Certain Personal Matters

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Certain Personal Matters
Author H. G. Wells
Original title Certain Personal Matters: A Collection of Material, Mainly Autobiographical
Country United Kingdom
Language English
Genre Essays
Publisher Lawrence & Bullen
Publication date
Preceded by The Invisible Man
Followed by The War of the Worlds

Certain Personal Matters is an 1897 collection of essays selected by H. G. Wells from among the many short essays and ephemeral pieces he had written since 1893.[1] The book consists of thirty-nine pieces ranging from about eight hundred[2] to two thousand words[3] in length. A one-shilling reprint (two shillings in cloth) was issued in 1901 by T. Fisher Unwin.

The essays in Certain Personal Matters are written from a consistent first-person perspective, but only one (ironically, given the title) describes an identifiable event in Wells's life—how he responded to being diagnosed with tuberculosis in the fall of 1887.[4]

The other essays adopt the playful persona of an aspiring young writer living in modest circumstances with a wife, Euphemia, who is only sketchily and obliquely described. Their tone reflects the demands of the market in London magazines for "short essays, or short stories, often with a twist, which can be read in half a dozen minutes, but which will pique a reader's attention and ultimately allow him to think, 'How true. I have done that myself', or to make some similar remark."[5]

More than half of the essays are humorous social satire; serious subjects are addressed only ironically. Politics, historical and economic topics, and identifiable portraiture are eschewed. Ten essays have literary themes, and in these, too, the point of view is humorous. One ("On Schooling and the Phases of Mr. Sandsome") gently critiques the choice of subjects studied in the course of primary and secondary education. Half a dozen essays engage scientific themes, especially natural selection and evolution, and in "The Extinction of Man" Wells shows he is contemplating themes that would be expressed in his next novel, The War of the Worlds: "Even now, for all we can tell, the coming terror may be crouching for its spring and the fall of humanity may be at hand."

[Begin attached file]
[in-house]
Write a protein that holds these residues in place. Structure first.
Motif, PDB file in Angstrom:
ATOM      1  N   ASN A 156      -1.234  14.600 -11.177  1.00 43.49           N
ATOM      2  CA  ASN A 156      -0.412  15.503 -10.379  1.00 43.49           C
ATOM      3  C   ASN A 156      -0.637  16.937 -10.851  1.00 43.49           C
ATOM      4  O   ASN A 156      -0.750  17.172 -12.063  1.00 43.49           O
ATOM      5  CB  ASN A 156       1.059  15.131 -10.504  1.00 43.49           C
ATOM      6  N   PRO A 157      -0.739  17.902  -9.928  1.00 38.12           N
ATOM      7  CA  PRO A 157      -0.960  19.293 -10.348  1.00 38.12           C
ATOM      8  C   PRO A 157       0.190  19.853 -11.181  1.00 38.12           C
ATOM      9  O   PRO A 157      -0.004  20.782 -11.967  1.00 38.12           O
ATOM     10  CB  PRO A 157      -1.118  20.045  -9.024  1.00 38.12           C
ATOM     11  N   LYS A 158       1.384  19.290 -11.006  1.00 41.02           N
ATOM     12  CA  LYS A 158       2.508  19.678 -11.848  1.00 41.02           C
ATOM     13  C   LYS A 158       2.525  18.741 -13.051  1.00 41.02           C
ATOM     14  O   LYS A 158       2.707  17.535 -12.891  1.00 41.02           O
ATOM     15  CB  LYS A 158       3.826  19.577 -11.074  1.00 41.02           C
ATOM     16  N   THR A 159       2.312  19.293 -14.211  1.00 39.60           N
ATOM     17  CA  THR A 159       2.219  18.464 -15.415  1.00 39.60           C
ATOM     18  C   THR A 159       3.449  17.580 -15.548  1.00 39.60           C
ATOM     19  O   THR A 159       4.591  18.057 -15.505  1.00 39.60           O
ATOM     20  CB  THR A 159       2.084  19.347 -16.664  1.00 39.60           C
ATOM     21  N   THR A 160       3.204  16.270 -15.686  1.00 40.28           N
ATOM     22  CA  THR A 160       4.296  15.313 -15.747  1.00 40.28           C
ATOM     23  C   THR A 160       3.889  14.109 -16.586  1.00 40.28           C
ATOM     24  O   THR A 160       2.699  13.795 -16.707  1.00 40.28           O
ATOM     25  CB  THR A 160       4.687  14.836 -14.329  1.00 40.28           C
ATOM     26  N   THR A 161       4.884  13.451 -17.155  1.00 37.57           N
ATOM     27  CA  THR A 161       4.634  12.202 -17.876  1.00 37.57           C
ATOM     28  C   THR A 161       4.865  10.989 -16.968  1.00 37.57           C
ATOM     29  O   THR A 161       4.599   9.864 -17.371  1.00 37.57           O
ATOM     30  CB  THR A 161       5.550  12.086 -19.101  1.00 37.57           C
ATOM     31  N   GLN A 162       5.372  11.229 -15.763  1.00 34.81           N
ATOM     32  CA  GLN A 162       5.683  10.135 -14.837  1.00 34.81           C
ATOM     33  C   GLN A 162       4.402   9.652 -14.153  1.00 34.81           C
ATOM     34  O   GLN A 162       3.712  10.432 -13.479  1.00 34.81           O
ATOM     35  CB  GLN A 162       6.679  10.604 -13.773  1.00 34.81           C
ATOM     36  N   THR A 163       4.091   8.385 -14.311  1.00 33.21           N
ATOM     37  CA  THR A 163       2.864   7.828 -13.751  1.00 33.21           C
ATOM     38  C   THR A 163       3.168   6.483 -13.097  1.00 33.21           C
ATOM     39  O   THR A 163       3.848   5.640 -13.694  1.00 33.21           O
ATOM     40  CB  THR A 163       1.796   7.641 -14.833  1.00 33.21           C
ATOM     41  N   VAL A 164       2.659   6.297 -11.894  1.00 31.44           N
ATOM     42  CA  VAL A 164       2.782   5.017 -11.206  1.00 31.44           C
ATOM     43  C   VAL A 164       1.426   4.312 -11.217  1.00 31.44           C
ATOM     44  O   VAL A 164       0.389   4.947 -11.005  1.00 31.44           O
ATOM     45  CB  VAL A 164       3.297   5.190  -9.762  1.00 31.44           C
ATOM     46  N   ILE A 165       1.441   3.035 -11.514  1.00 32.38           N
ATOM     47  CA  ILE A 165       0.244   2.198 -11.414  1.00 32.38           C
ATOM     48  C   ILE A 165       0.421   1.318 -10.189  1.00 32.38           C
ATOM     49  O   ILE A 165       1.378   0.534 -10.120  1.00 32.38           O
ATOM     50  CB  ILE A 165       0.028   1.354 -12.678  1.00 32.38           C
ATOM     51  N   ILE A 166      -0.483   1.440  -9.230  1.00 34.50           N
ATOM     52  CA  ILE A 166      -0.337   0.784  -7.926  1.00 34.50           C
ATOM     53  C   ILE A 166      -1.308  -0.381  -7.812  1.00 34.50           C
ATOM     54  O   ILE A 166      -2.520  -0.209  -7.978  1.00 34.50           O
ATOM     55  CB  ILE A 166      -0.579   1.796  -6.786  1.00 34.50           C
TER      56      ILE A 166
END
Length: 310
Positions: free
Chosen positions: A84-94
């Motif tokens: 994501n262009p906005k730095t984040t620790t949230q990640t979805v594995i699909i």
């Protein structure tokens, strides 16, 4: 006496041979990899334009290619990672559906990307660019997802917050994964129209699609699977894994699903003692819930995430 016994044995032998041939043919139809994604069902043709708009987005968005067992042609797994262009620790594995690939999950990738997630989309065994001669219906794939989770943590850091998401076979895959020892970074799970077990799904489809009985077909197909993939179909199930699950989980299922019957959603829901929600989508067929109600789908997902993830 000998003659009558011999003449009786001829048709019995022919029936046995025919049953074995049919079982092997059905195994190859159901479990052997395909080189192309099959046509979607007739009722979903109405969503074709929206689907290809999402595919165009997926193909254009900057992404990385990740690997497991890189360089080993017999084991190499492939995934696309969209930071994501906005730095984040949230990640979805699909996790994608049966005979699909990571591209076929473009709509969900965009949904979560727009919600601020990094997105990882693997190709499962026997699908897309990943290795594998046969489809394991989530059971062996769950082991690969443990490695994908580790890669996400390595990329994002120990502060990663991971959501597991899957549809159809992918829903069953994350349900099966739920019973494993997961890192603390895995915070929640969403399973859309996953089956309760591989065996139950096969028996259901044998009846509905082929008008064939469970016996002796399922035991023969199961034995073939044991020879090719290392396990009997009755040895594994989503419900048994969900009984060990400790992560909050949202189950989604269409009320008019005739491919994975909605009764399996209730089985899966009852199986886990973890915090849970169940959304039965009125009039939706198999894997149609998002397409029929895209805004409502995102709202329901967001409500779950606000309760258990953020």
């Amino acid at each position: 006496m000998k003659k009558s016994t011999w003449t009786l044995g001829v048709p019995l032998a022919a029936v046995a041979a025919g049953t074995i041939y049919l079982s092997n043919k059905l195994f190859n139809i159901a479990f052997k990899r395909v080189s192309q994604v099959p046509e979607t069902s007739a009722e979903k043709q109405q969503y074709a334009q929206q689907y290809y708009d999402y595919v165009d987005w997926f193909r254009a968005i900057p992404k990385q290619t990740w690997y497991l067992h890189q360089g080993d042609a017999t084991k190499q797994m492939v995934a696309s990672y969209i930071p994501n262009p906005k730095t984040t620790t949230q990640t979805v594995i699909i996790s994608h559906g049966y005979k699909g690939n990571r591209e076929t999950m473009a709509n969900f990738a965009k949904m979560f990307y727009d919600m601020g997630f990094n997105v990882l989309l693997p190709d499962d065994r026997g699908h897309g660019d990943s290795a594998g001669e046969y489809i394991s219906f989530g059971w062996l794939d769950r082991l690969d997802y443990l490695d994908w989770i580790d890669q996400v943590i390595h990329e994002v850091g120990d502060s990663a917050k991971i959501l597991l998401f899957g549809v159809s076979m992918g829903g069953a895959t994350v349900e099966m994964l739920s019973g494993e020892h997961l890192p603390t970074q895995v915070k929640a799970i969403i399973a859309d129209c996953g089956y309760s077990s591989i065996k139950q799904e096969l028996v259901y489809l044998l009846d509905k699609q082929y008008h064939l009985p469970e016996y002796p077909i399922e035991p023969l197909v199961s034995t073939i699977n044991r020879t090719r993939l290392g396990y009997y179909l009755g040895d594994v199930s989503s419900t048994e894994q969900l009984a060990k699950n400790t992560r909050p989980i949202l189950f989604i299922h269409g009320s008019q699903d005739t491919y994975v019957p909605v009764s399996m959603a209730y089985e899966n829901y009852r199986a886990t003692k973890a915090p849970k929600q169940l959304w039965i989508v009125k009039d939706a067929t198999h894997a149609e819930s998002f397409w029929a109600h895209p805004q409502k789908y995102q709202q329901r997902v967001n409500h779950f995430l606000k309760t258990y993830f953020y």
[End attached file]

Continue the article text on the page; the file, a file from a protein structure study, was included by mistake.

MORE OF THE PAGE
Composition and Publication[edit]

The essays in Certain Personal Matters rely on stock characters that Wells developed in his early days as a writer. This vein was inspired by his reading of When a Man's Single, an 1888 novel by J.M. Barrie, in which a character explains that saleable articles can be devised from everyday things like pipes, umbrellas, and flower pots.[6] According biographer David C. Smith, one character is "probably based on his father (and perhaps partly on his older brothers), another based on his mother apparently (although the character is always referred to as an 'aunt', which may be somewhat symbolic), and a third character, 'Euphemia'. This last is usually thought to be a portrait of Jane [Catherine] Wells, though the figure may have some traits of Isabel [Wells's cousin and first wife] as well."[7]

"Wells naturally retained affection for the writings that had launched his career, so much so that he became embroiled in a furious dispute about the contents and title page with the publisher, who eventually had to call in Gissing to act as a mediator and persuade Wells to climb down."[8]

Certain Personal Matters was well received; one critic called it "a very pleasant moneysworth, full of wit and humour." The book sold well and was never remaindered.[9]


The essays are presented approximately chronologically rather than thematically:

  • "Thoughts on Cheapness and My Aunt Charlotte"
  • "The Trouble of Life"
  • "On the Choice of a Wife"
  • "The House of Di Sorno: A Manuscript Found in a Box"
  • "Of Conversation: An Apology"
  • "In a Literary Household"